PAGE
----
Muhammed Mahdi al-Tajir, formerly United Arab Emirates ambassador in Britain, spent pounds 2.27m on one of a set of five silver chandeliers made for George II in 1736-37. They were brought to England by his son, George III, and hung in Windsor Castle from 1803- 1816, but were returned to Hanover and inherited by that line of the family. This is the first that has come to auction.
It is a monumental creation, with eight arms, shell motifs, female busts, a horse galloping round a globe and two babies holding up a crown at the top. The price paid is the highest for a single piece of silver.
The most expensive piece of furniture was a library table made from ebony, brass and tortoiseshell inlay and scrolling gilt-bronze mounts by Andre-Charles Boulle around 1700; it made pounds 2.14m, the second highest price on record for French furniture.
Bidders' respect for De Givenchy's taste was further underlined by the rise in price of pieces he had bought in the 1980s. A brass and tortoiseshell bookcase of the 1780s which had sold for pounds 130,625 in 1982 made pounds 1.26m.
The strength of the market for the very best French furniture was also underlined by a New York sale on 19 November in which two lots sold for just over pounds 1m - a Louis XVI commode and a pair of Boulle cabinets. In London, the pounds 4.8m sale of the Moller collection of English furniture demonstrated that the best English furniture can be nearly as expensive as French.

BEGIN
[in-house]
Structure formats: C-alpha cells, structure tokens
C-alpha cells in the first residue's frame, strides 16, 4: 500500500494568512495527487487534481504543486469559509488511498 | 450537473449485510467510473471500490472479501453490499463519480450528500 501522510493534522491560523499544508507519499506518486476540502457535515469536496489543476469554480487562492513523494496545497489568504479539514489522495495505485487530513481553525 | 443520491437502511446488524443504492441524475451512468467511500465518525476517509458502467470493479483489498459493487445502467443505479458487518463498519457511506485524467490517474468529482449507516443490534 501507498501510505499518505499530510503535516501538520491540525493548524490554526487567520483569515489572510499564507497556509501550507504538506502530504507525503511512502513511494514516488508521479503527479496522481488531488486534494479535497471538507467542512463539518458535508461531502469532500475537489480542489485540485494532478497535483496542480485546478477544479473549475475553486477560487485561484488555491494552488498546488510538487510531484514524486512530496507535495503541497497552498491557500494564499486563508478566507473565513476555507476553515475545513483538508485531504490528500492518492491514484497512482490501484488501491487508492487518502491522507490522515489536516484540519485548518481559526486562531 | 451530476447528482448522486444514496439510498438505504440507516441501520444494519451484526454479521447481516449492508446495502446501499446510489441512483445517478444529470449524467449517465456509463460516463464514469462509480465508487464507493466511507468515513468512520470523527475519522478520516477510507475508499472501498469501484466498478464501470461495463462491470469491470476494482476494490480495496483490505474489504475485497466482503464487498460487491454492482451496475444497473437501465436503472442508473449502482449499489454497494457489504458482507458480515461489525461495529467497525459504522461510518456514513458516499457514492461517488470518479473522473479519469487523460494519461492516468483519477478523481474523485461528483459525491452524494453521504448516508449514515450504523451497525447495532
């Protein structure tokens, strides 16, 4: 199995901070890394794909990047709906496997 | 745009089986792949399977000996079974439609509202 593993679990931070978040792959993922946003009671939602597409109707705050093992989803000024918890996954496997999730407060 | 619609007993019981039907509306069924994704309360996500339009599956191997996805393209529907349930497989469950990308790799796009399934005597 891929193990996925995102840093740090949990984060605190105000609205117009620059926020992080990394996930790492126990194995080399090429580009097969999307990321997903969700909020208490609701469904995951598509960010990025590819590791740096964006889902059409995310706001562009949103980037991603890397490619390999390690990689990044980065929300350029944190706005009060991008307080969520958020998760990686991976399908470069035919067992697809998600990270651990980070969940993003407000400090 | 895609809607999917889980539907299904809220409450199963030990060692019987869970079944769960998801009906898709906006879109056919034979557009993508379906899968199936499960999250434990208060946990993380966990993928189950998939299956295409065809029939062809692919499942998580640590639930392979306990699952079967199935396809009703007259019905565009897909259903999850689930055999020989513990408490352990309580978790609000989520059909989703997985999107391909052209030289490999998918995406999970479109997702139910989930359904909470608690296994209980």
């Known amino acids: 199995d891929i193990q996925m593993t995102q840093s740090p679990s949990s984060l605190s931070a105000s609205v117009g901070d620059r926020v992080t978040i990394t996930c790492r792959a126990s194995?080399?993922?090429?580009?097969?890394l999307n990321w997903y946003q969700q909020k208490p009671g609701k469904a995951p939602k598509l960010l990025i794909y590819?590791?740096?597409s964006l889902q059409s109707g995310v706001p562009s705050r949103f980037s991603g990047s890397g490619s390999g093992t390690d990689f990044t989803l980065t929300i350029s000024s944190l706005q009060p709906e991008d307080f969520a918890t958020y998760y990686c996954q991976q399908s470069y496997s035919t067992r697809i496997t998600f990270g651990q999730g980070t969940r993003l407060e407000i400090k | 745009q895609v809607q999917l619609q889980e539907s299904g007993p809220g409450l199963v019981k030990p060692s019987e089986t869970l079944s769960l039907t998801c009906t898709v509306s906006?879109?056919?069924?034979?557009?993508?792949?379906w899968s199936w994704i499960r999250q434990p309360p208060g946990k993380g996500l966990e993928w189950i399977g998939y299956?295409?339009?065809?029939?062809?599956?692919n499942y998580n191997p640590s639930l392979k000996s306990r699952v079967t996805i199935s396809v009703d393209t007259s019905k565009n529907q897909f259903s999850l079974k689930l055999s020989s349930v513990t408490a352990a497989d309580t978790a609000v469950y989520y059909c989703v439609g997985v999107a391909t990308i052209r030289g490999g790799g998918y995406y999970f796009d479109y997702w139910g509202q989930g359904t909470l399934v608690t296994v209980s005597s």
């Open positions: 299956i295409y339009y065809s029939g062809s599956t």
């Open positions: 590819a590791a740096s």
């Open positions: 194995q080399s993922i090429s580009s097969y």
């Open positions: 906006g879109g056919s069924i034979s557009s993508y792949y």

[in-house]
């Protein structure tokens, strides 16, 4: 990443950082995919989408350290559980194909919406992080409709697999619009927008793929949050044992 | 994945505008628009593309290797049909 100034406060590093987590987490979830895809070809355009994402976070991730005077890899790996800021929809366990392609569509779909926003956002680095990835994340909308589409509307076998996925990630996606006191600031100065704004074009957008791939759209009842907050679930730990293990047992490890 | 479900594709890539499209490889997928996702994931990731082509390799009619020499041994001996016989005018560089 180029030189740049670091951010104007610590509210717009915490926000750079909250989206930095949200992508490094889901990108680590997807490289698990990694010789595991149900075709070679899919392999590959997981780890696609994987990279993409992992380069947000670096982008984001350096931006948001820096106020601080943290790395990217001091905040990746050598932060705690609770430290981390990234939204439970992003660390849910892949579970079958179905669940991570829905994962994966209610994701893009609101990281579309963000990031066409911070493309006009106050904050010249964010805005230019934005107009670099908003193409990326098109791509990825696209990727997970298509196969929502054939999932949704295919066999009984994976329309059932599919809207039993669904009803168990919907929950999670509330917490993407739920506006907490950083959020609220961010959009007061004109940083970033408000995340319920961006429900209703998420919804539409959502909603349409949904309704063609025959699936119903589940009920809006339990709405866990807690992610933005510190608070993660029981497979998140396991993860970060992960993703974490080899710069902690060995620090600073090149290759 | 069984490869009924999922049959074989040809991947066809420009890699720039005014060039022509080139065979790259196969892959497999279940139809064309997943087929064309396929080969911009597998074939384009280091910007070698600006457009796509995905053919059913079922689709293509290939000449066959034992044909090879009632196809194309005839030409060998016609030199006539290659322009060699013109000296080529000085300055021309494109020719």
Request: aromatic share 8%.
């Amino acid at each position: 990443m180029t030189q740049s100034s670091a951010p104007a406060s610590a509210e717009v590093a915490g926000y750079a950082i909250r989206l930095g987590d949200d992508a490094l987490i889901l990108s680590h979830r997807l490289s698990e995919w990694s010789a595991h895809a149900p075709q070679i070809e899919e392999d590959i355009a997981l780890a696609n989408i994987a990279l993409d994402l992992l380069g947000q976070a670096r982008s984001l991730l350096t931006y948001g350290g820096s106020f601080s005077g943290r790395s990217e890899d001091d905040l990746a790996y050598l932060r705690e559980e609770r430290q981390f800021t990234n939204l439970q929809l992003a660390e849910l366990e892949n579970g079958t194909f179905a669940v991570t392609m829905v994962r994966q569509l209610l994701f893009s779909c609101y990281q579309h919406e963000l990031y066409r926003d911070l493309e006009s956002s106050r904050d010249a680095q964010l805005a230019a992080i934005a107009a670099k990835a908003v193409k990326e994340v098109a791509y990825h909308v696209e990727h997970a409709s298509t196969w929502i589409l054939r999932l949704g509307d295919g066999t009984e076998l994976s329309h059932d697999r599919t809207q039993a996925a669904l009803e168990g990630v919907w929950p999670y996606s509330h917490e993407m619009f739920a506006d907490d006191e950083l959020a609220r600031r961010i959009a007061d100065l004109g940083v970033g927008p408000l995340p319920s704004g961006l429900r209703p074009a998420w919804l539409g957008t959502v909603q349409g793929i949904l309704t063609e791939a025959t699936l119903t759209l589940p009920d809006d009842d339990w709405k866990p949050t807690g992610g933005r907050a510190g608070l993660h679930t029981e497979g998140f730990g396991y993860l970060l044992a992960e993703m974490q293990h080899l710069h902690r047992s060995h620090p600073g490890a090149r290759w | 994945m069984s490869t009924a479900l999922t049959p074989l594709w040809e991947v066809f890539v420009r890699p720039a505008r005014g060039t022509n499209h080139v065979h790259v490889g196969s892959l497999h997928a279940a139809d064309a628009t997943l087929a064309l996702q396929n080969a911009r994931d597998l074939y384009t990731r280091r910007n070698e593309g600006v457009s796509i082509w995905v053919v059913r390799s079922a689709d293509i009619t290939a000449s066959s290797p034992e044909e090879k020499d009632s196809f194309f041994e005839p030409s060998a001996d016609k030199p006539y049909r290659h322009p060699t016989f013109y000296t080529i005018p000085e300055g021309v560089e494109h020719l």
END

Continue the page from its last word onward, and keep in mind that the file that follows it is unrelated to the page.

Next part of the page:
The glut of good furniture has contrasted with poor offerings in the picture field. There were only two stars in the major winter sales, a 1923 Kandinsky abstract, Im schwarzen Kreis (In the black Circle), which sold in Paris for Fr39.4m ( pounds 4.48m) and a Douanier Rousseau Portrait of Joseph Brummer sold at Christie's in London for pounds 2.97m.
Sotheby's most embarrassing success of the last four weeks was the dollars 354,500 ( pounds 238,000) paid in New York for a Chinese scroll painting - Two Deer in an Autumn Grove, by Giuseppe Castiglione (1688- 1768) - recently found in a cupboard in Scotland.
British export licences are required for watercolours worth more than pounds 39,600; Sotheby's exported the scroll not thinking it was worth that much. It was finally agreed that the work would be returned to Britain and an export licence applied for. British institutions will be given three months to match the sale price.